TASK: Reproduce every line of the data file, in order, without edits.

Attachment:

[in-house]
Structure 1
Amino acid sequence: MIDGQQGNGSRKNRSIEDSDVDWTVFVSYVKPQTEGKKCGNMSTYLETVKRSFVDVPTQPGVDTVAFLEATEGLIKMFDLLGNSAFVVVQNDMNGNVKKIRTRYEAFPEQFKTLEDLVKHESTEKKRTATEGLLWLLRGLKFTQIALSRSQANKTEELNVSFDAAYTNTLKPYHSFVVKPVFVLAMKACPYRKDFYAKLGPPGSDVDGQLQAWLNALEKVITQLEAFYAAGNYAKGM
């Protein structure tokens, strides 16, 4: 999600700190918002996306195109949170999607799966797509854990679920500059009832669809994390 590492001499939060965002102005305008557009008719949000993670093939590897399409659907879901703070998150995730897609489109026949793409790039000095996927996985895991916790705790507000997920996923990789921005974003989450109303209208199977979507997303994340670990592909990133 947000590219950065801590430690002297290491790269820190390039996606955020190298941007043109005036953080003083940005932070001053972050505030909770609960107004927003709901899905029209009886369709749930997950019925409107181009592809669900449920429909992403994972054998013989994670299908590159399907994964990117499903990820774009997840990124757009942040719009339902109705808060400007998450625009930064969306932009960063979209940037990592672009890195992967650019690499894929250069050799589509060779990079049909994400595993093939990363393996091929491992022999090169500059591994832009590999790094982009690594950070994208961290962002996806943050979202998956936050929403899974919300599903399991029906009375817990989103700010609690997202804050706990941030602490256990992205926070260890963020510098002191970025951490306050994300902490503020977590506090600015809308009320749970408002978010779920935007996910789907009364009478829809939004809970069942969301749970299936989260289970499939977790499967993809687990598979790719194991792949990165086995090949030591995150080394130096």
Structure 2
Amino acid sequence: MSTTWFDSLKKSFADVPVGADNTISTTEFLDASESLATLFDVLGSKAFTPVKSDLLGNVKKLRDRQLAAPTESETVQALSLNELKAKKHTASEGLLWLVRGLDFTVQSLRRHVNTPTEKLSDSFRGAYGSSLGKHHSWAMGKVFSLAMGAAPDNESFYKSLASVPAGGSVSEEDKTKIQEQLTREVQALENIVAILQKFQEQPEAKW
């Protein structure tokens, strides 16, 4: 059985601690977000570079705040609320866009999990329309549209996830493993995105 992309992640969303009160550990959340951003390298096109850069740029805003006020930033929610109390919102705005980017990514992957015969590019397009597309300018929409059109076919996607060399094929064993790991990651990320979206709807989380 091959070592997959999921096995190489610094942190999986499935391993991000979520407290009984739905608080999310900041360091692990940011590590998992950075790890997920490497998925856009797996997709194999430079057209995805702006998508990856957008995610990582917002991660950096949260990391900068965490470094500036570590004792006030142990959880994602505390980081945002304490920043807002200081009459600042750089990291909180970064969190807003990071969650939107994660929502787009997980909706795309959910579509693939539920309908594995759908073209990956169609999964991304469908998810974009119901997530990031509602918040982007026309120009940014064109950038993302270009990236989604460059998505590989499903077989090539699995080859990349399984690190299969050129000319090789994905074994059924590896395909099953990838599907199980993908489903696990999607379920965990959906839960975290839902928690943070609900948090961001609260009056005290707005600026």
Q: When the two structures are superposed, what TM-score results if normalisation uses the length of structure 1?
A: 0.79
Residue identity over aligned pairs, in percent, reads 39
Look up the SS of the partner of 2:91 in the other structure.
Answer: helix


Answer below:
[in-house]
Structure 1
Amino acid sequence: MIDGQQGNGSRKNRSIEDSDVDWTVFVSYVKPQTEGKKCGNMSTYLETVKRSFVDVPTQPGVDTVAFLEATEGLIKMFDLLGNSAFVVVQNDMNGNVKKIRTRYEAFPEQFKTLEDLVKHESTEKKRTATEGLLWLLRGLKFTQIALSRSQANKTEELNVSFDAAYTNTLKPYHSFVVKPVFVLAMKACPYRKDFYAKLGPPGSDVDGQLQAWLNALEKVITQLEAFYAAGNYAKGM
């Protein structure tokens, strides 16, 4: 999600700190918002996306195109949170999607799966797509854990679920500059009832669809994390 590492001499939060965002102005305008557009008719949000993670093939590897399409659907879901703070998150995730897609489109026949793409790039000095996927996985895991916790705790507000997920996923990789921005974003989450109303209208199977979507997303994340670990592909990133 947000590219950065801590430690002297290491790269820190390039996606955020190298941007043109005036953080003083940005932070001053972050505030909770609960107004927003709901899905029209009886369709749930997950019925409107181009592809669900449920429909992403994972054998013989994670299908590159399907994964990117499903990820774009997840990124757009942040719009339902109705808060400007998450625009930064969306932009960063979209940037990592672009890195992967650019690499894929250069050799589509060779990079049909994400595993093939990363393996091929491992022999090169500059591994832009590999790094982009690594950070994208961290962002996806943050979202998956936050929403899974919300599903399991029906009375817990989103700010609690997202804050706990941030602490256990992205926070260890963020510098002191970025951490306050994300902490503020977590506090600015809308009320749970408002978010779920935007996910789907009364009478829809939004809970069942969301749970299936989260289970499939977790499967993809687990598979790719194991792949990165086995090949030591995150080394130096």
Structure 2
Amino acid sequence: MSTTWFDSLKKSFADVPVGADNTISTTEFLDASESLATLFDVLGSKAFTPVKSDLLGNVKKLRDRQLAAPTESETVQALSLNELKAKKHTASEGLLWLVRGLDFTVQSLRRHVNTPTEKLSDSFRGAYGSSLGKHHSWAMGKVFSLAMGAAPDNESFYKSLASVPAGGSVSEEDKTKIQEQLTREVQALENIVAILQKFQEQPEAKW
């Protein structure tokens, strides 16, 4: 059985601690977000570079705040609320866009999990329309549209996830493993995105 992309992640969303009160550990959340951003390298096109850069740029805003006020930033929610109390919102705005980017990514992957015969590019397009597309300018929409059109076919996607060399094929064993790991990651990320979206709807989380 091959070592997959999921096995190489610094942190999986499935391993991000979520407290009984739905608080999310900041360091692990940011590590998992950075790890997920490497998925856009797996997709194999430079057209995805702006998508990856957008995610990582917002991660950096949260990391900068965490470094500036570590004792006030142990959880994602505390980081945002304490920043807002200081009459600042750089990291909180970064969190807003990071969650939107994660929502787009997980909706795309959910579509693939539920309908594995759908073209990956169609999964991304469908998810974009119901997530990031509602918040982007026309120009940014064109950038993302270009990236989604460059998505590989499903077989090539699995080859990349399984690190299969050129000319090789994905074994059924590896395909099953990838599907199980993908489903696990999607379920965990959906839960975290839902928690943070609900948090961001609260009056005290707005600026």
Q: When the two structures are superposed, what TM-score results if normalisation uses the length of structure 1?
A: 0.79
Residue identity over aligned pairs, in percent, reads 39
Look up the SS of the partner of 2:91 in the other structure.
Answer: helix